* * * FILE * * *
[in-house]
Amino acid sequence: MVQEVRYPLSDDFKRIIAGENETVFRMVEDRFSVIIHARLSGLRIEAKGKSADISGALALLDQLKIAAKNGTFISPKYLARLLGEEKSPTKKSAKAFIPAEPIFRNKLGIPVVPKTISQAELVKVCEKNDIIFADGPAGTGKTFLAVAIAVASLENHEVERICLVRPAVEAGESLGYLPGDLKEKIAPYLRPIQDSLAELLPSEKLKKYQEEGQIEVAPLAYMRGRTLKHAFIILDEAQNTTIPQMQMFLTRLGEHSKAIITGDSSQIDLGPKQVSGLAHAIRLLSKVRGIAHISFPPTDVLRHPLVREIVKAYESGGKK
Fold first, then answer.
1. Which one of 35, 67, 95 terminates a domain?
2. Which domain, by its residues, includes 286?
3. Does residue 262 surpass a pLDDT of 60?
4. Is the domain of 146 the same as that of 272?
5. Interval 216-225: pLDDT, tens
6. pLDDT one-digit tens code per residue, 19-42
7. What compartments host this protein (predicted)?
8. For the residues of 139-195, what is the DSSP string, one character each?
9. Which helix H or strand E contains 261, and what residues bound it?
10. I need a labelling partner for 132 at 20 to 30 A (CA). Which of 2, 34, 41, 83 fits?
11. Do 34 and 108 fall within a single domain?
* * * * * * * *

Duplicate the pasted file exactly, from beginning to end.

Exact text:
[in-house]
Amino acid sequence: MVQEVRYPLSDDFKRIIAGENETVFRMVEDRFSVIIHARLSGLRIEAKGKSADISGALALLDQLKIAAKNGTFISPKYLARLLGEEKSPTKKSAKAFIPAEPIFRNKLGIPVVPKTISQAELVKVCEKNDIIFADGPAGTGKTFLAVAIAVASLENHEVERICLVRPAVEAGESLGYLPGDLKEKIAPYLRPIQDSLAELLPSEKLKKYQEEGQIEVAPLAYMRGRTLKHAFIILDEAQNTTIPQMQMFLTRLGEHSKAIITGDSSQIDLGPKQVSGLAHAIRLLSKVRGIAHISFPPTDVLRHPLVREIVKAYESGGKK
Fold first, then answer.
1. Which one of 35, 67, 95 terminates a domain?
2. Which domain, by its residues, includes 286?
3. Does residue 262 surpass a pLDDT of 60?
4. Is the domain of 146 the same as that of 272?
5. Interval 216-225: pLDDT, tens
6. pLDDT one-digit tens code per residue, 19-42
7. What compartments host this protein (predicted)?
8. For the residues of 139-195, what is the DSSP string, one character each?
9. Which helix H or strand E contains 261, and what residues bound it?
10. I need a labelling partner for 132 at 20 to 30 A (CA). Which of 2, 34, 41, 83 fits?
11. Do 34 and 108 fall within a single domain?